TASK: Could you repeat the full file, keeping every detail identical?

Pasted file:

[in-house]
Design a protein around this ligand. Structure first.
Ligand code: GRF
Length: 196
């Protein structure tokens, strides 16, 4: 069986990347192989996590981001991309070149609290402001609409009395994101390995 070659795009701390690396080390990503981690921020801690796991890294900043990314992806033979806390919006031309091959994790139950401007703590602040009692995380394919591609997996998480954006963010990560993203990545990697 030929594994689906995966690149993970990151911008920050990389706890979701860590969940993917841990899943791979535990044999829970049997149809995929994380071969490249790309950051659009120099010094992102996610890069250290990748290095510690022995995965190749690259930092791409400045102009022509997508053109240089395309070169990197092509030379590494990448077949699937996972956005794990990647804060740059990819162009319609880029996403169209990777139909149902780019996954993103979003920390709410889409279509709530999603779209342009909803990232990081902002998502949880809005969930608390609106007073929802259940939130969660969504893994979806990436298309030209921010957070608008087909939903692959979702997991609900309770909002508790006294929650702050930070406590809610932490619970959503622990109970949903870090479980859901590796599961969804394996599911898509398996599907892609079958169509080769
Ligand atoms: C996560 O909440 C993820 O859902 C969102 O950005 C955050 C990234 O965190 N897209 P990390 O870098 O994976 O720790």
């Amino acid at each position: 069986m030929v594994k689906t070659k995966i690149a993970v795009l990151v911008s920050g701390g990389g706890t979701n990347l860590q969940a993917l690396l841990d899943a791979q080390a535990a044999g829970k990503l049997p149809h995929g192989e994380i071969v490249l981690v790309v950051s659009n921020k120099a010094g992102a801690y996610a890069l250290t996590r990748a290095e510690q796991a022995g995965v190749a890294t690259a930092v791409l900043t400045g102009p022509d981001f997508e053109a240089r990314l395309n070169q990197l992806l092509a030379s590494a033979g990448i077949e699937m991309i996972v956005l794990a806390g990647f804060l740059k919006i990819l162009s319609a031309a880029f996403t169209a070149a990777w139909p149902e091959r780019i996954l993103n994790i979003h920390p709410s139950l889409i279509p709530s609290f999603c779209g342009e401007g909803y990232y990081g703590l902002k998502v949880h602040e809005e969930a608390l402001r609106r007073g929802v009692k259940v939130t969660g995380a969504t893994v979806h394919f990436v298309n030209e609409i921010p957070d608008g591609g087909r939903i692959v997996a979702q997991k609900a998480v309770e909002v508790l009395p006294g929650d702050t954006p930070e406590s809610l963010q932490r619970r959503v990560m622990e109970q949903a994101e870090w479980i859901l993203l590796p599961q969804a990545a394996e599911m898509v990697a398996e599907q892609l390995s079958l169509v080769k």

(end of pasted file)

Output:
[in-house]
Design a protein around this ligand. Structure first.
Ligand code: GRF
Length: 196
């Protein structure tokens, strides 16, 4: 069986990347192989996590981001991309070149609290402001609409009395994101390995 070659795009701390690396080390990503981690921020801690796991890294900043990314992806033979806390919006031309091959994790139950401007703590602040009692995380394919591609997996998480954006963010990560993203990545990697 030929594994689906995966690149993970990151911008920050990389706890979701860590969940993917841990899943791979535990044999829970049997149809995929994380071969490249790309950051659009120099010094992102996610890069250290990748290095510690022995995965190749690259930092791409400045102009022509997508053109240089395309070169990197092509030379590494990448077949699937996972956005794990990647804060740059990819162009319609880029996403169209990777139909149902780019996954993103979003920390709410889409279509709530999603779209342009909803990232990081902002998502949880809005969930608390609106007073929802259940939130969660969504893994979806990436298309030209921010957070608008087909939903692959979702997991609900309770909002508790006294929650702050930070406590809610932490619970959503622990109970949903870090479980859901590796599961969804394996599911898509398996599907892609079958169509080769
Ligand atoms: C996560 O909440 C993820 O859902 C969102 O950005 C955050 C990234 O965190 N897209 P990390 O870098 O994976 O720790």
């Amino acid at each position: 069986m030929v594994k689906t070659k995966i690149a993970v795009l990151v911008s920050g701390g990389g706890t979701n990347l860590q969940a993917l690396l841990d899943a791979q080390a535990a044999g829970k990503l049997p149809h995929g192989e994380i071969v490249l981690v790309v950051s659009n921020k120099a010094g992102a801690y996610a890069l250290t996590r990748a290095e510690q796991a022995g995965v190749a890294t690259a930092v791409l900043t400045g102009p022509d981001f997508e053109a240089r990314l395309n070169q990197l992806l092509a030379s590494a033979g990448i077949e699937m991309i996972v956005l794990a806390g990647f804060l740059k919006i990819l162009s319609a031309a880029f996403t169209a070149a990777w139909p149902e091959r780019i996954l993103n994790i979003h920390p709410s139950l889409i279509p709530s609290f999603c779209g342009e401007g909803y990232y990081g703590l902002k998502v949880h602040e809005e969930a608390l402001r609106r007073g929802v009692k259940v939130t969660g995380a969504t893994v979806h394919f990436v298309n030209e609409i921010p957070d608008g591609g087909r939903i692959v997996a979702q997991k609900a998480v309770e909002v508790l009395p006294g929650d702050t954006p930070e406590s809610l963010q932490r619970r959503v990560m622990e109970q949903a994101e870090w479980i859901l993203l590796p599961q969804a990545a394996e599911m898509v990697a398996e599907q892609l390995s079958l169509v080769k």